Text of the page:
[15] “Origin of the Seventh Day Adventist Reform Movement,” < http://www.sdarm.org/origin.htm >(6 February 2002).

[16] Erwin Sicher, “Seventh-day Adventist Publications and The Nazi Temptation,” Spectrum 8 (March 1977), 12.

[17] Schwarz,and Greenleaf, Light Bearers, 620.

[18]  Schwarz,and Greenleaf, Light Bearers, 620.

[19] Schwarz,and Greenleaf, Light Bearers, 620.

[20] King, The Nazi State and the New Religions, 110.

[21] “Origin of the Seventh Day Adventist Reform Movement,” < http://www.sdarm.org/origin.htm > (6 February 2002).

[22] SDARM Good Way Series-Study 13- The SDA Reform Movement Origin <http://www.asd-mr.org.br/sdarm/way/gws-13.htm> (14 February 2002).

[23] Sicher, “Seventh-day Adventist Publications and The Nazi Temptation,” 14.

[24] Sicher, “Seventh-day Adventist Publications and The Nazi Temptation,” 14.

[25] King, The Nazi State and the New Religions,  96.

[26] Sicher, “Seventh-day Adventist Publications and The Nazi Temptation,” 15.

[27] King, The Nazi State and the New Religions, 96.

[28] King, The Nazi State and the New Religions, 96.

[29] King, The Nazi State and the New Religions, 110.

[30] Hans Fleschutz, ed., And Follow Their Faith!, (Denver: International Missionary Society ), 19.

[31] Roland Blaich, “Divided Loyalties: American and German Seventh-day Adventists and the Second World War,” Spectrum 30 (Winter 2002), 44.

[32] Zdravko Plantak, The Silent Church: Human Rights and Adventist Social Ethics, (New York: St. Martin’s Press, 1998), 20.

[33] King, The Nazi State and the New Religions, 101-2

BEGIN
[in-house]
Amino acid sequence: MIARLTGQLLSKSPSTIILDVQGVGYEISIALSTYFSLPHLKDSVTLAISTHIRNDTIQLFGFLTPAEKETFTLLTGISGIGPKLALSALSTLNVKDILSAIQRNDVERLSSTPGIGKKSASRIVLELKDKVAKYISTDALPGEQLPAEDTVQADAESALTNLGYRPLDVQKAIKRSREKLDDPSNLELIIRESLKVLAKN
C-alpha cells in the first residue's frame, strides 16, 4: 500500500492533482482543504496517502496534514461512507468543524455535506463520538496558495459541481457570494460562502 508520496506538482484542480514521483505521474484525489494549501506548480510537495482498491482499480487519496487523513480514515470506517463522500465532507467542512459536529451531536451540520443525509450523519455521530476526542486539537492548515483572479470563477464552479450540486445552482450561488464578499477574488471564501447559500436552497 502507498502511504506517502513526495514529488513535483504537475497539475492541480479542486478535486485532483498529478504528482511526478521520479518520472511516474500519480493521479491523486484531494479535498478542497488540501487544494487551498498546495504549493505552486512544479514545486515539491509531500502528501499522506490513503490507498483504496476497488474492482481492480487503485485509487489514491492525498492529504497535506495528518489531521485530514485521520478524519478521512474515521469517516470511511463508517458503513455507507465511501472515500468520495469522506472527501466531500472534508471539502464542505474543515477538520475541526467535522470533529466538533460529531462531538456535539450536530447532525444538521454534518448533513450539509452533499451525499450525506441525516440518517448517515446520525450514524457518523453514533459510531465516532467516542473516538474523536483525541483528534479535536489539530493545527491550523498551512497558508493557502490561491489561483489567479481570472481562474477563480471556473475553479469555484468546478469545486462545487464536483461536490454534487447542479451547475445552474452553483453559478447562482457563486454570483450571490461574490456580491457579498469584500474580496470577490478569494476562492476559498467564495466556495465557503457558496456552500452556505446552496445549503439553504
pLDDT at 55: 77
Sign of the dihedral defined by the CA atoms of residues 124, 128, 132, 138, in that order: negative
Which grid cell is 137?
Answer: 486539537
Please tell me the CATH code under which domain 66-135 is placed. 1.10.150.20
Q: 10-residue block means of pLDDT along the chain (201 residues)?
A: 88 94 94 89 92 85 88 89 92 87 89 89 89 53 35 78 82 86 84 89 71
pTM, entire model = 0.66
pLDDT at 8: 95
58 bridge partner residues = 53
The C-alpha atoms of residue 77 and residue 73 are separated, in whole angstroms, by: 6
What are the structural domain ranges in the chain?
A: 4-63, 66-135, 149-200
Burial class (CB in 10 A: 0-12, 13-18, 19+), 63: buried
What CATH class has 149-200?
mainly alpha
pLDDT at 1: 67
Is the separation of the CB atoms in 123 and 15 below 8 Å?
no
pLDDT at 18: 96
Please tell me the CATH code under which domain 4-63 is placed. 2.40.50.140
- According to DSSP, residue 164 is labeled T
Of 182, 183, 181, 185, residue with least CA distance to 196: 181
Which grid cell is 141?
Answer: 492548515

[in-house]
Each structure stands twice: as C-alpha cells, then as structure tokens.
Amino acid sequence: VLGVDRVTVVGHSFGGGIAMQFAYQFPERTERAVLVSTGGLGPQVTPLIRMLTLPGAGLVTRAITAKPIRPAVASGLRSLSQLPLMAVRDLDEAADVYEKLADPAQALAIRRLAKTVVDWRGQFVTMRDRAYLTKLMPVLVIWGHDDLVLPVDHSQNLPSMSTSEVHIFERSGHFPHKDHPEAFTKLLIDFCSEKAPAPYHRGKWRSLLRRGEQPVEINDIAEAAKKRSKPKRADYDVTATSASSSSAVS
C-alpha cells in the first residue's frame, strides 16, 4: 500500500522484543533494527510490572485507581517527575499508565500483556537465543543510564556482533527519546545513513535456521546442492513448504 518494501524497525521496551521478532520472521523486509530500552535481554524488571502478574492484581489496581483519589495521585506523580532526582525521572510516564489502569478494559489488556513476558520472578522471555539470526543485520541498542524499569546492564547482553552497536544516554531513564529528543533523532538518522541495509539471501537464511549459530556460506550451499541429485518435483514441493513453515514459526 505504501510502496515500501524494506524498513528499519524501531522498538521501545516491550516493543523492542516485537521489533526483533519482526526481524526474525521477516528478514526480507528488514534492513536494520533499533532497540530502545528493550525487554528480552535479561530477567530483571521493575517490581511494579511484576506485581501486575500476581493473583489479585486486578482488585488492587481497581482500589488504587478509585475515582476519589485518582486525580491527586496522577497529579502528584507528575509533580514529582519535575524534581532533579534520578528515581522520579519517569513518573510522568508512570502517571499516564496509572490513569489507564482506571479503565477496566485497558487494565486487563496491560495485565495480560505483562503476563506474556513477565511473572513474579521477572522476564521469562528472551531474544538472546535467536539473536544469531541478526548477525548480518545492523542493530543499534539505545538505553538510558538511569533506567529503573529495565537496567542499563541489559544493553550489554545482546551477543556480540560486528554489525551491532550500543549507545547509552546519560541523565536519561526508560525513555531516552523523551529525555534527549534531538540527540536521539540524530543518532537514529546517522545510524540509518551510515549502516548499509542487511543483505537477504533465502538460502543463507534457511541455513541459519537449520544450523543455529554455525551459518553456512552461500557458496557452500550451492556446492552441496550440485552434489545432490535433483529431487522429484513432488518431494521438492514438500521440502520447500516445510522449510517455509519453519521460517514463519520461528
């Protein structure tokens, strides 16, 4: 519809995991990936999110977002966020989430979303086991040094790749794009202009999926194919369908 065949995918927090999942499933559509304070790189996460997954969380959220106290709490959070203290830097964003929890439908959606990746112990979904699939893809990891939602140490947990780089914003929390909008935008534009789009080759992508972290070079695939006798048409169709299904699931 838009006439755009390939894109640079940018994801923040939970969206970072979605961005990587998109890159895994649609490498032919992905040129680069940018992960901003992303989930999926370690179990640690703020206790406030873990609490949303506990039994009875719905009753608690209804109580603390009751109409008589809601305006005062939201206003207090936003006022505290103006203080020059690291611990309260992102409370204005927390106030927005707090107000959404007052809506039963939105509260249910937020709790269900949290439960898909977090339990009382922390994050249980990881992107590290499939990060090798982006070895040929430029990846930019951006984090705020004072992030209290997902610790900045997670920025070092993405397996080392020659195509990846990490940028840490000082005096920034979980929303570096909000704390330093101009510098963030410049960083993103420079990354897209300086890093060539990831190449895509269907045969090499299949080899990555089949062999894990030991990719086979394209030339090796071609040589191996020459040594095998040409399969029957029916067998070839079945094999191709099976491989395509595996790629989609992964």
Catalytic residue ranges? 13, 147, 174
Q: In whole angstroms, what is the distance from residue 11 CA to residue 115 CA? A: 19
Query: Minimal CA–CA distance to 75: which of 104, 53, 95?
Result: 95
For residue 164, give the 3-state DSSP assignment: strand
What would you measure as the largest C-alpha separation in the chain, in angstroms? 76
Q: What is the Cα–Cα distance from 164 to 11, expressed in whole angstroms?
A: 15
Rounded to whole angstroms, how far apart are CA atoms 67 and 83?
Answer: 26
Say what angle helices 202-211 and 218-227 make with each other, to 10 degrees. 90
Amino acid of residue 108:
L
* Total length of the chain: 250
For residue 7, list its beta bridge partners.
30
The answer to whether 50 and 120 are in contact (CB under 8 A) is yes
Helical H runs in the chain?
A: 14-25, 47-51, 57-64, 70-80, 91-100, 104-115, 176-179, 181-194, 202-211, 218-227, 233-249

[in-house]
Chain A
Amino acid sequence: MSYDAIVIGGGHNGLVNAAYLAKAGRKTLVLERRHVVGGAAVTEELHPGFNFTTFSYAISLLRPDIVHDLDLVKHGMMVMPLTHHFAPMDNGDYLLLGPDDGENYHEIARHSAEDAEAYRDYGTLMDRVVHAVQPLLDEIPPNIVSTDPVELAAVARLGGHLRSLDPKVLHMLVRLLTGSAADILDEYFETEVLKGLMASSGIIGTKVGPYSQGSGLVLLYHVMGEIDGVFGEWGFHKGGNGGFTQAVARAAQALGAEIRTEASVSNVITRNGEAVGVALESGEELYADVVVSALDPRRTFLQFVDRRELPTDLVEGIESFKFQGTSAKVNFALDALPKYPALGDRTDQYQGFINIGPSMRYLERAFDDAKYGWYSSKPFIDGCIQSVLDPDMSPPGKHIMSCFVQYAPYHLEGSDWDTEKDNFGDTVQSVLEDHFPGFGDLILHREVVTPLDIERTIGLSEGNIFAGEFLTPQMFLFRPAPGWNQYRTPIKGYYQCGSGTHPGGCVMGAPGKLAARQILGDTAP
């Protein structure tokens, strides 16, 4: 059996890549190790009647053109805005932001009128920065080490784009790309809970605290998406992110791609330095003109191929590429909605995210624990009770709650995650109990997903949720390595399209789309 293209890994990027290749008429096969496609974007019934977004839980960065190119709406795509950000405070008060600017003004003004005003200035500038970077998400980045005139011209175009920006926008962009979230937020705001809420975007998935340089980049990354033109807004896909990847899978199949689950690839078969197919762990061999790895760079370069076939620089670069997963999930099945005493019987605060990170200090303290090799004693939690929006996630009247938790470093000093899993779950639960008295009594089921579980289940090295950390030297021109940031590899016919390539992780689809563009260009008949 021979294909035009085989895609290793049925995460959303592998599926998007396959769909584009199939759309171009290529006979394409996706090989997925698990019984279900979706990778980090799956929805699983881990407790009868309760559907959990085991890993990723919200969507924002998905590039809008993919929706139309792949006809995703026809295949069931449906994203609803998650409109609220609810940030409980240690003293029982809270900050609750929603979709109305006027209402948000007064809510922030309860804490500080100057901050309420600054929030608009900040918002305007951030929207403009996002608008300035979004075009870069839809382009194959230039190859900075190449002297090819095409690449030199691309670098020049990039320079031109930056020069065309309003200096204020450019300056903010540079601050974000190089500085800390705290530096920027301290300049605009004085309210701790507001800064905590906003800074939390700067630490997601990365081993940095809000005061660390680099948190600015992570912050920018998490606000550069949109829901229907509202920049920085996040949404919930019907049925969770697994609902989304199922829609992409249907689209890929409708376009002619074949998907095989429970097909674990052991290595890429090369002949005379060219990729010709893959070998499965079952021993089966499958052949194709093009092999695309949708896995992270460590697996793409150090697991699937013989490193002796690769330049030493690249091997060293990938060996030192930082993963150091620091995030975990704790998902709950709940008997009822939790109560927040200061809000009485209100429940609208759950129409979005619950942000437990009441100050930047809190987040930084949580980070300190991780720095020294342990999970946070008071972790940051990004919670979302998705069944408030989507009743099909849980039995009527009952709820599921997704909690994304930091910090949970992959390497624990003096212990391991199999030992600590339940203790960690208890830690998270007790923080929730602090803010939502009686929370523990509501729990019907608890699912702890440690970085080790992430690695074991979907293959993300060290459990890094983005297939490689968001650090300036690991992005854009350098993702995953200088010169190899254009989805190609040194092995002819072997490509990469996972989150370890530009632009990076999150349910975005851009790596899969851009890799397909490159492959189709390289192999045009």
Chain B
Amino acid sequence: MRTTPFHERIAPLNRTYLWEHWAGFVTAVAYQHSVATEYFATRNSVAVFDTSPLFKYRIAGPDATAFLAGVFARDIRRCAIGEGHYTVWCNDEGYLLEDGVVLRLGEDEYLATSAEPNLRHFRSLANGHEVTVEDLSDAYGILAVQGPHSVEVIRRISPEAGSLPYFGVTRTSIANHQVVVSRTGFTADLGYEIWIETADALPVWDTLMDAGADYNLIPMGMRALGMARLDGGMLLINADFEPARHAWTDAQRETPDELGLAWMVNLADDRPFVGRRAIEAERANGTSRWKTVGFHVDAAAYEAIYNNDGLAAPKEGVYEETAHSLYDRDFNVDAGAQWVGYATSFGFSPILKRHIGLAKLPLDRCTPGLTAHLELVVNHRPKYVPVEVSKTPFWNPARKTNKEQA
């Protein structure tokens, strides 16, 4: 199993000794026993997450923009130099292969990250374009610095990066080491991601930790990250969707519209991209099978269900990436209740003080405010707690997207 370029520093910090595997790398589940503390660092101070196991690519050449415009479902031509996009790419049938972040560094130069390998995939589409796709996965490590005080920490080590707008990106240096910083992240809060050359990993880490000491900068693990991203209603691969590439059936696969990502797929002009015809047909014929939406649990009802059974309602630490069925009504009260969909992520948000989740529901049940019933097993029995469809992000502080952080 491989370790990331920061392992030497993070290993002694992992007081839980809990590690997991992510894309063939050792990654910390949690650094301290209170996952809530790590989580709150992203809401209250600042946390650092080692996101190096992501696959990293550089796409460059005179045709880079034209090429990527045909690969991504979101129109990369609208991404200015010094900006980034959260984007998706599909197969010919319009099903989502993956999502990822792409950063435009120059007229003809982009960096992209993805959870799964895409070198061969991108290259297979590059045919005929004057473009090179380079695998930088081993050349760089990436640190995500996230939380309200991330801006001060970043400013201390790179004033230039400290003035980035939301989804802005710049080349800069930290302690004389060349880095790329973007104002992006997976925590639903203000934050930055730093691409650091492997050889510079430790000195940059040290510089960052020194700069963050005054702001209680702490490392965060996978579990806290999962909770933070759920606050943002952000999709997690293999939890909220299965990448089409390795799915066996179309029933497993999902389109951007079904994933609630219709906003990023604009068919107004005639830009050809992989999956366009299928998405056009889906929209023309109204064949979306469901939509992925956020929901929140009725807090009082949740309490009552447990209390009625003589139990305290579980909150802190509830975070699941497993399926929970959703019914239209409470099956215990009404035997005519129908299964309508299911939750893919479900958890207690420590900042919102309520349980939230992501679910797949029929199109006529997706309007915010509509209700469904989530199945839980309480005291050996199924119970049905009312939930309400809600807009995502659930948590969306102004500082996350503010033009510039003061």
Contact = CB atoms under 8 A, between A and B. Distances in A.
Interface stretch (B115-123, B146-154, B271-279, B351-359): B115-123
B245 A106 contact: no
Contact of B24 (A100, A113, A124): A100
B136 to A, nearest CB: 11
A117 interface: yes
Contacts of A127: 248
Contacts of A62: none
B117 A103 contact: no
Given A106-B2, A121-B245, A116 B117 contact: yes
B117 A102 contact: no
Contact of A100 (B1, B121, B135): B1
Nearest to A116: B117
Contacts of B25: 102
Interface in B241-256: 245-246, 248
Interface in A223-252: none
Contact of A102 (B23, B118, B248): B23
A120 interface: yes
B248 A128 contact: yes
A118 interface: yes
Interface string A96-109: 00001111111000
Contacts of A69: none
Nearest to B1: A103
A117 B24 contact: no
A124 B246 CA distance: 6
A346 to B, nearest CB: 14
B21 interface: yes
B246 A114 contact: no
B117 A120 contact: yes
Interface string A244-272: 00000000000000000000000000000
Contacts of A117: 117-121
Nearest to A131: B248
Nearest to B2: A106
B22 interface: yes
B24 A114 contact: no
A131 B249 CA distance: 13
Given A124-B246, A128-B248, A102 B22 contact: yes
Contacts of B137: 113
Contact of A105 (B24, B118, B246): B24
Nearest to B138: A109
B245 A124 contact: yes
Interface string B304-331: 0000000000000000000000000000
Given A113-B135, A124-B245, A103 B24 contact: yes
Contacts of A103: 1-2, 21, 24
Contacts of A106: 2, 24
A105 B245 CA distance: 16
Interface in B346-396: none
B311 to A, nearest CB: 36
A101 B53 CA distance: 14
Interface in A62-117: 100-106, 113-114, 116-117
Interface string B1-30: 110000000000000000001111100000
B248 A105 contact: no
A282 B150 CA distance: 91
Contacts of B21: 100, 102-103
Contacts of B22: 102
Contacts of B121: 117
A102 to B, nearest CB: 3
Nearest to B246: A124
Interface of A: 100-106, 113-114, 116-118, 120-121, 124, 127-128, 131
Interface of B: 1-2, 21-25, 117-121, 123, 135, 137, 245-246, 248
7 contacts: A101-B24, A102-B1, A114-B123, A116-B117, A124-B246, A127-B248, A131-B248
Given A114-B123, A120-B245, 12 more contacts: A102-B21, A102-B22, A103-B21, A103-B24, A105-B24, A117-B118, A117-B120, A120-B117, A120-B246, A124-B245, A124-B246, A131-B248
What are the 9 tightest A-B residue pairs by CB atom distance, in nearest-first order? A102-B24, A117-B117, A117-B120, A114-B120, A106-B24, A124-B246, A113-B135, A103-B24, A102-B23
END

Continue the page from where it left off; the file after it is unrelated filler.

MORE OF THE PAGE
[34]Roland Blaich, “Selling Nazi Germany Abroad: The Case of Hulda Jost,” Journal of Church and State, vol. 35, number 4, Autumn 1993, (United States: J.M. Dawson Institute), 808.

[35] Blaich, “Selling Nazi Germany Abroad,” 807.

[36] King, The Nazi State and the New Religions, 105.

[37] King, The Nazi State and the New Religions, 105.

[38] King, The Nazi State and the New Religions, 105.

[39] King, The Nazi State and the New Religions, 105.

[40] Adolf Minck, “Reformation,” Jugend-Leitstern, (April 1933), quoted by: Roland Blaich, “Health Reform and Race Hygiene: Adventists and the Biomedical Vision of the Third Reich,” Chuch History, Vol. 65, (Pennsylvania: Science Press, 1996), 427.

[41] Sicher, “Seventh-day Adventist Publications and The Nazi Temptation,” 16.

[42] Sicher, “Seventh-day Adventist Publications and The Nazi Temptation,” 16.

[43] Sicher, “Seventh-day Adventist Publications and the Nazi Temptation,” 19.

[44] R. Sulzmann, “Erbkrank,” Gegenwarts-Frage, vol. 9, nr.1, 1934, p.8, quoted by: Sicher, “Seventh-day Adventist Publications and the Nazi Temptation,” 19.

[45] Blaich, “Health Reform and Race Hygiene,” 437.

[46] Blaich, “Health Reform and Race Hygiene,” 427.

[47] Blaich, “Health Reform and Race Hygiene,” 427.

[48] Blaich, “Selling Nazi Germany Abroad,” 809.

[49] Blaich, “Selling Nazi Germany Abroad,” 810.

[50] Blaich, “Selling Nazi Germany Abroad,” 811.

[51] Blaich, “Selling Nazi Germany Abroad,” 811.

[52] Blaich, “Selling Nazi Germany Abroad,” 811.

[53] Blaich, “Selling Nazi Germany Abroad,” 812.

[54] Blaich, “Selling Nazi Germany Abroad,” 820.

[55] Blaich, “Selling Nazi Germany Abroad,” 820.

[56] Blaich, “Selling Nazi Germany Abroad,” 820.

[57] Blaich, “Selling Nazi Germany Abroad ,”821.

[58] Blaich, “Selling Nazi Germany Abroad,” 823.

[59] Blaich, “Selling Nazi Germany Abroad,” 824.

[60] Blaich, “Selling Nazi Germany Abroad,” 824.

[61] Blaich, “Selling Nazi Germany Abroad,” 827.